How to Play

Playing HexAgony – Original Strategic Rules

Number of Players: 2 or 3 single players, or 4 or 6 players divided into two or three teams.
Age Group: 8 years to adult

  • 48 multicoloured tiles
  • 1 x red,1 x blue,1 x white tile


Players try to make as many hexagons of their chosen colour as possible, while at the same time trying to prevent their opponent(s) from making hexagons of their chosen colour.


Players select one of the 3 solid coloured tiles (red, blue or white) to be their chosen colour. If a player selects red as their chosen colour, their objective is to make red hexagons, and when playing a tile, they can only place the red section of their tile against the red section of a tile already played (unless it is the first move of the game). Wherever a tile touches another tile, all colour must match.

The 48 multicoloured tiles are mixed up and divided equally among the players:

  • For a 2-player game each player gets 24 tiles.
  • For a 3-player game each player gets 16 tiles.
  • For a 4-player game each player gets 12 tiles. Split the players into two teams of two, playing alternately.
  • For a 6-player game each player gets 8 tiles. Split the players into two teams of three, or three teams of two, playing alternately.

There are 2 different types of multicoloured tiles:

Players may find it useful to separate their tiles into 2 piles according to the colour sequence. The advantage of sorting the tiles becomes clear as the game progresses.

Decide on who is going to start the game, and that person places their tile down. (See Fig. 1)

The first tile played must be one of the multi-coloured tiles. Play continues in a clockwise direction, with each player in turn placing a tile so that their chosen colour connects to a corresponding colour on the tiles that have already been played.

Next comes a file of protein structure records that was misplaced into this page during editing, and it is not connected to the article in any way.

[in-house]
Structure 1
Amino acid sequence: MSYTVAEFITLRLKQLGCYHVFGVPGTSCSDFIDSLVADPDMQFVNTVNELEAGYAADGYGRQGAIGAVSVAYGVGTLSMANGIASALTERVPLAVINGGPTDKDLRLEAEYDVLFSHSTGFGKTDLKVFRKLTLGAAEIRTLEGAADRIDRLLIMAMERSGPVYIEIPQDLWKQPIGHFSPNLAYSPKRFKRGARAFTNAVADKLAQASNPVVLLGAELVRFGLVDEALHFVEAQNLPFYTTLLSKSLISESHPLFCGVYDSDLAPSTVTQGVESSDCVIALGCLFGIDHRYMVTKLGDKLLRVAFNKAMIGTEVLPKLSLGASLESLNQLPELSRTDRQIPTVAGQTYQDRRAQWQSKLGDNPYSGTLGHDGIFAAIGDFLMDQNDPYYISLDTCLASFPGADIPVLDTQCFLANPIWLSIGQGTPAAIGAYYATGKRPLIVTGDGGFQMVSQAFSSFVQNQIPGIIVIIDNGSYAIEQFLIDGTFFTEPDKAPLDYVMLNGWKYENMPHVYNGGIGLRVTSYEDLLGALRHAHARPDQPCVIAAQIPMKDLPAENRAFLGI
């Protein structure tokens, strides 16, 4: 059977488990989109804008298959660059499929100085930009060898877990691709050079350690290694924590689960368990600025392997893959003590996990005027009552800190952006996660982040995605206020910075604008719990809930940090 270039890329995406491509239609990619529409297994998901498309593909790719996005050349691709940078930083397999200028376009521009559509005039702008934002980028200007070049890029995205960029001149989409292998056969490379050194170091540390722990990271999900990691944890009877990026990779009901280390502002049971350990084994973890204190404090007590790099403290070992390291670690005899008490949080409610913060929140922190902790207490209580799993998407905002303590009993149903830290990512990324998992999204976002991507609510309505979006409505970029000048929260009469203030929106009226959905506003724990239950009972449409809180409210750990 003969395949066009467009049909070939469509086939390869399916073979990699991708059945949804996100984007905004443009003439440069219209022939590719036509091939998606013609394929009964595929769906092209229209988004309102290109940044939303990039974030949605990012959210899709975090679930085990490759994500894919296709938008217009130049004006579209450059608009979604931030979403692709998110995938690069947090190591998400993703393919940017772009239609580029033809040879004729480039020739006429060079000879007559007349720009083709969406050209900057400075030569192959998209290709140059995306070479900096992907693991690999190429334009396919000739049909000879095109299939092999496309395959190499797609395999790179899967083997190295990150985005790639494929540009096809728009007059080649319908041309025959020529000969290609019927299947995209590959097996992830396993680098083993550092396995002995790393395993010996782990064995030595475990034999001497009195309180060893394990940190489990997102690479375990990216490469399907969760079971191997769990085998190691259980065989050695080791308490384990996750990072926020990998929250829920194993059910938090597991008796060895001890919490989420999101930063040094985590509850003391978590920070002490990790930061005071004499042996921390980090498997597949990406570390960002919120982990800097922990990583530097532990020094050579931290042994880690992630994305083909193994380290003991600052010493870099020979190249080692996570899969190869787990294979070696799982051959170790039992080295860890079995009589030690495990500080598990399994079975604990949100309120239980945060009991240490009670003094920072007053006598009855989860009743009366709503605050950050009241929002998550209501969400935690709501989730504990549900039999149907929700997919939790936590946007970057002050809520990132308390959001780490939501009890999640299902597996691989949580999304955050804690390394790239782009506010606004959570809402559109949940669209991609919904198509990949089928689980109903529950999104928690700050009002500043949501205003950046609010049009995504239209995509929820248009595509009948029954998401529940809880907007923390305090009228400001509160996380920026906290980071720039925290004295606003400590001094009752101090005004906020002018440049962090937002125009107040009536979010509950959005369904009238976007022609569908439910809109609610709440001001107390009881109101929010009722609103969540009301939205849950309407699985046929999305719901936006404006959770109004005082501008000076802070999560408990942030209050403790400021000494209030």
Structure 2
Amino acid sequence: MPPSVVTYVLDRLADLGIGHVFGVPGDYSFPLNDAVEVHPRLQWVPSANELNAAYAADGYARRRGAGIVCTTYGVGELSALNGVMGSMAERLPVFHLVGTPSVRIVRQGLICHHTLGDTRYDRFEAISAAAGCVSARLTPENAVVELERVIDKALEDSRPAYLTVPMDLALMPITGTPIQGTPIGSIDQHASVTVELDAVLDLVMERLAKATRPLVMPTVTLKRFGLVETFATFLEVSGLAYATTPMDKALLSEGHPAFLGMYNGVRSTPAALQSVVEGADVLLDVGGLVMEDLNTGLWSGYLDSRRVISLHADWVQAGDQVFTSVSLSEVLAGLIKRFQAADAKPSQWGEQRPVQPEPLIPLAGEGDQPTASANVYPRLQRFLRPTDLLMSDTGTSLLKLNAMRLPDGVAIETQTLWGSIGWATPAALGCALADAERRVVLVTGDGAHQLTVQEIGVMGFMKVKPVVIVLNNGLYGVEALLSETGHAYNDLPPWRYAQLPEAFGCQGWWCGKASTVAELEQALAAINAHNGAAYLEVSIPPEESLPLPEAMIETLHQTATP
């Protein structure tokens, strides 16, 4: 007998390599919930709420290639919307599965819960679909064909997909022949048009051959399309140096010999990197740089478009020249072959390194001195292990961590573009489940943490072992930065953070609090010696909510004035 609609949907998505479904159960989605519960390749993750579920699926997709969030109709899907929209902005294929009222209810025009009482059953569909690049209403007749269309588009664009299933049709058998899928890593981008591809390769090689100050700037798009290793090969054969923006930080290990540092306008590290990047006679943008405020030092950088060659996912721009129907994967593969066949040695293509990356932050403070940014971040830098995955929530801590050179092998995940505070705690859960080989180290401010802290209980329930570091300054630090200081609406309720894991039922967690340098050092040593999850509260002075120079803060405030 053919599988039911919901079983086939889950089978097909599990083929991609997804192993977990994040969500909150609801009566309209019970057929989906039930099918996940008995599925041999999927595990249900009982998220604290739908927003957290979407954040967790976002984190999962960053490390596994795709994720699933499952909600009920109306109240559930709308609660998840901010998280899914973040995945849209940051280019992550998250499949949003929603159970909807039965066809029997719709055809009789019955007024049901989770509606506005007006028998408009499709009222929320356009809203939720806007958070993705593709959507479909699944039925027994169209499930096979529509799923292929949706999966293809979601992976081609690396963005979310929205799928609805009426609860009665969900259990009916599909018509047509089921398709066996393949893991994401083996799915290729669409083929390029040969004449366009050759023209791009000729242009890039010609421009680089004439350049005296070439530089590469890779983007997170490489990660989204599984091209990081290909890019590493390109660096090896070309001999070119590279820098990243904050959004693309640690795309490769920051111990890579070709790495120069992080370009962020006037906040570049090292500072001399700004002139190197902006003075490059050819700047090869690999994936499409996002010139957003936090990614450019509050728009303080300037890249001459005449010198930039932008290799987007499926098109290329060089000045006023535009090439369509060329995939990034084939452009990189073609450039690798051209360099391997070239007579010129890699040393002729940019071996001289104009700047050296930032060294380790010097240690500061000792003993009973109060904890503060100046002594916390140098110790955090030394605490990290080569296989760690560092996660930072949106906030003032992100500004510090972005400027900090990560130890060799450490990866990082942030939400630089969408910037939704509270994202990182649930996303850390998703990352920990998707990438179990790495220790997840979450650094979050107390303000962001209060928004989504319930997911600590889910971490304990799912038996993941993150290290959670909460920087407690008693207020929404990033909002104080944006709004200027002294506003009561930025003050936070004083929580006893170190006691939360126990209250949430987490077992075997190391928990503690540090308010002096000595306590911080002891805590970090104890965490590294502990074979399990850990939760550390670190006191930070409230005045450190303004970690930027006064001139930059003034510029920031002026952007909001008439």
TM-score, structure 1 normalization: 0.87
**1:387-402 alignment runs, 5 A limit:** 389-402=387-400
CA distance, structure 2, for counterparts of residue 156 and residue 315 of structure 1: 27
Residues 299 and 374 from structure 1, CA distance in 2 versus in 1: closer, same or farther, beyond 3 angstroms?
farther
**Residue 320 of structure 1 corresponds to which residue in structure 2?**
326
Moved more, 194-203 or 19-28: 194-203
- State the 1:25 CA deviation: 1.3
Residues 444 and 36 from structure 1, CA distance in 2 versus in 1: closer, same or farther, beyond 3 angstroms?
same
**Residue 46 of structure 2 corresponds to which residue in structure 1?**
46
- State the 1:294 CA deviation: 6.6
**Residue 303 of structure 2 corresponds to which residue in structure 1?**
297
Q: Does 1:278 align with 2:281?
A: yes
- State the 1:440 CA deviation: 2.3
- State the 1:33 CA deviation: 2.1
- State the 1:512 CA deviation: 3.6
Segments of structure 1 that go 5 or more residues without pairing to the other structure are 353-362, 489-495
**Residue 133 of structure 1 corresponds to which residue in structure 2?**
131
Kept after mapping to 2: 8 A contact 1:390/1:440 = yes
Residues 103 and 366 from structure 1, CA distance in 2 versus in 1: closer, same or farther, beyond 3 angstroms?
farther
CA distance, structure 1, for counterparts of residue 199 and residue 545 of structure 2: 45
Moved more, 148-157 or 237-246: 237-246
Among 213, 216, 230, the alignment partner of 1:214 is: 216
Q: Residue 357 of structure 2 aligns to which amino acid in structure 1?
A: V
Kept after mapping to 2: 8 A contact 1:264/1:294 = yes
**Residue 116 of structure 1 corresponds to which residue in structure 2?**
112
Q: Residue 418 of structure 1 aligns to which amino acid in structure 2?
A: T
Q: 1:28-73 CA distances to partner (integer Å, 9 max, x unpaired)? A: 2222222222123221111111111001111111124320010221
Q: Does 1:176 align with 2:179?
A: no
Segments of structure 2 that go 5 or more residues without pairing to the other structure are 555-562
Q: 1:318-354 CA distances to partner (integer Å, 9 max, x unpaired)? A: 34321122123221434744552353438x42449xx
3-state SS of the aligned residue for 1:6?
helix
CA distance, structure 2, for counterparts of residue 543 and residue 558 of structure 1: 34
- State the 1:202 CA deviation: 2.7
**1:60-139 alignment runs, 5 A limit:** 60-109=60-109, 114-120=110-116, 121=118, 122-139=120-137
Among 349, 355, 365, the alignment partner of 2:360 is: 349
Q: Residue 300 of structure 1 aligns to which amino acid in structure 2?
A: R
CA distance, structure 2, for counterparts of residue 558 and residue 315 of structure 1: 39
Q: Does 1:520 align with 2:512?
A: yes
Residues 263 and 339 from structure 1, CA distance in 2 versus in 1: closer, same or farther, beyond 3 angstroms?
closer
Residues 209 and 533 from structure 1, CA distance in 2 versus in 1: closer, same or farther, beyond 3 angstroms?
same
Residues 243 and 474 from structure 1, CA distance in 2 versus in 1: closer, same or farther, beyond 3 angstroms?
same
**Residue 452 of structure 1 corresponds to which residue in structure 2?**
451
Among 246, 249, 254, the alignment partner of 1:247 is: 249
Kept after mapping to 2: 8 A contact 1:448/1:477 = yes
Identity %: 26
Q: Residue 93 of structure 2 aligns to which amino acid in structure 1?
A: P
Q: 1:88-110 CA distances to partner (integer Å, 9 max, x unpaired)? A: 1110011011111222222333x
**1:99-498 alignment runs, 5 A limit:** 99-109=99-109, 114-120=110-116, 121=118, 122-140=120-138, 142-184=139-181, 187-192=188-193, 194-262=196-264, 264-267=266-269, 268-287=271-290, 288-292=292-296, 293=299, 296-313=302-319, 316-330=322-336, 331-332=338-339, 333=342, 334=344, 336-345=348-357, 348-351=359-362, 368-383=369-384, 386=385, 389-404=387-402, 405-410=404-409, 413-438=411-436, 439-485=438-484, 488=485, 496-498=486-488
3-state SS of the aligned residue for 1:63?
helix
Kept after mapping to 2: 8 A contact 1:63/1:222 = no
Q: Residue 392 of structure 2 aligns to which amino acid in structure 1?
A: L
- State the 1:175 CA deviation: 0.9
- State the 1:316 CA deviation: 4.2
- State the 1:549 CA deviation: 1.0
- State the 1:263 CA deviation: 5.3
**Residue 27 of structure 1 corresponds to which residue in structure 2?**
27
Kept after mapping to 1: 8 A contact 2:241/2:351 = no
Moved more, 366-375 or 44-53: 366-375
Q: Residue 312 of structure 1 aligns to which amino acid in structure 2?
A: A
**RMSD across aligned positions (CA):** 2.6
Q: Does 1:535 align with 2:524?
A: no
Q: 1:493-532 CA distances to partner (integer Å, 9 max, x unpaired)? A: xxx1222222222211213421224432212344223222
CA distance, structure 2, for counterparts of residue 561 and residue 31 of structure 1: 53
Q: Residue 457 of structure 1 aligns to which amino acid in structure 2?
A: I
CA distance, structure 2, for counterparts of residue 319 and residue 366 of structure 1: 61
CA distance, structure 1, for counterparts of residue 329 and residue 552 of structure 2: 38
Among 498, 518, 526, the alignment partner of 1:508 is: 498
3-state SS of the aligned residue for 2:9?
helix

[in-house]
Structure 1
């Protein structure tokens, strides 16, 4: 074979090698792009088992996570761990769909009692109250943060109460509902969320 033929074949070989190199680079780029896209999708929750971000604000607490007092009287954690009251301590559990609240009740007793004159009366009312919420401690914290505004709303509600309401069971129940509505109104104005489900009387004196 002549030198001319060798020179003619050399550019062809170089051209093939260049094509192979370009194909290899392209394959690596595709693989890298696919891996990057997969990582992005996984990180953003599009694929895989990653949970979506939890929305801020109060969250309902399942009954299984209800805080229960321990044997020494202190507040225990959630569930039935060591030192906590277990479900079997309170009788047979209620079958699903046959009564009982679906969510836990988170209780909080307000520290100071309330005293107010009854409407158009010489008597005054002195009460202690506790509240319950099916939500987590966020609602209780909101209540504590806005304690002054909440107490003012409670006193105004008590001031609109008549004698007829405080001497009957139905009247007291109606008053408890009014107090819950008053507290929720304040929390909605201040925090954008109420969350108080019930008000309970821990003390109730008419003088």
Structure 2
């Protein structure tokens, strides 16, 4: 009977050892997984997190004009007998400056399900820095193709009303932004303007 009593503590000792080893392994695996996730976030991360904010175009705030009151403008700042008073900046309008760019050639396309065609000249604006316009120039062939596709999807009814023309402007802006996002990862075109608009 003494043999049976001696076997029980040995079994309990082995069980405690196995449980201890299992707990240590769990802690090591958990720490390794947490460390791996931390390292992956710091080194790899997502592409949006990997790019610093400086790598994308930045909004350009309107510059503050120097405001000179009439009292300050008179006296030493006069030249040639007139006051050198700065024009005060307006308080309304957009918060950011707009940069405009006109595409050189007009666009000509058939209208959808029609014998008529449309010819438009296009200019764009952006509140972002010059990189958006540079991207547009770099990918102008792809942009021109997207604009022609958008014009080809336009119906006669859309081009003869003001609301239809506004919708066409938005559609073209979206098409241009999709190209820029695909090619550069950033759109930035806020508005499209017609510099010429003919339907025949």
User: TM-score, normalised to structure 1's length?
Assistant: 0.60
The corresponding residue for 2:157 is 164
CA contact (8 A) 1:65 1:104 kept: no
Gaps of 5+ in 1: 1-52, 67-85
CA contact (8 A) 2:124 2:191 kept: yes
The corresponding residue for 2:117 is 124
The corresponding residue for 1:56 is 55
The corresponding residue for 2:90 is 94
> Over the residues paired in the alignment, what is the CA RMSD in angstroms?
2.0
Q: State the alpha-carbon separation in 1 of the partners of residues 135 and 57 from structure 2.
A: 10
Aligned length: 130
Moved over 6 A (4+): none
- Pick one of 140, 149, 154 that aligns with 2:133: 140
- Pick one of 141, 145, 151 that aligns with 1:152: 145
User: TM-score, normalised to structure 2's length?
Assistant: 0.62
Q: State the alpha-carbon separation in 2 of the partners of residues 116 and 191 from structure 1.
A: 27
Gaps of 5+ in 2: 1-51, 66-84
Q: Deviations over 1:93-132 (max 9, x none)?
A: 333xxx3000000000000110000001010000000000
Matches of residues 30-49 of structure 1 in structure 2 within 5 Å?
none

(See Fig. 2)


Players must position their tile so that their chosen colour connects with the corresponding colour on a tile that has already been played. (See Fig. 2 & 3) If more than one side touches tiles already in play, then all colours on the sides that touch must match.

  • Blocking moves may be achieved by placing tiles that prevent opponents making a valid move.
  • If a player cannot make a valid move, play passes to the next player.
  • The solid colour tiles may be used at any time after the first move.
  • Hexagons formed around a solid colour tile are scored in the normal way.
  • A solid colour tile does not count as a completed hexagon on its own.
  • If a solid colour tile has hexagons of the same colour surrounding it on all sides (see figure 7 solid white hexagon) a bonus point is awarded. (see picture)
  • Play continues until all tiles have been played , or until no more valid moves are possible.


  • One point is awarded per completed Hexagon.
  • The winner is the player with the most completed Hexagons at the end of the game.


Figs. 4, 5 and 6 all show tiles in positions where the colours do not match and so the moves are illegal.

In Figure 4 the red side of the new tile must be placed against the red side of an existing tile. In Fig. 5 the red side on the new tile does not match the white side on the existing tile. In Fig. 6 no tiles can be laid in this position as there is no tile with white on opposite sides.

Watch How To Play HexAgony

Alternative Ways to Play

For an easier way to play, why not try the “Pass the Bag” version of HexAgony. The aim of the game is the same, the scoring is the same, but instead of dividing the tiles out at the start of the game, choose a colour and take the corresponding solid counter, and when it’s your turn simply draw a tile from the bag and play it where you can.

Full instructions can be found here on the Game Variations page.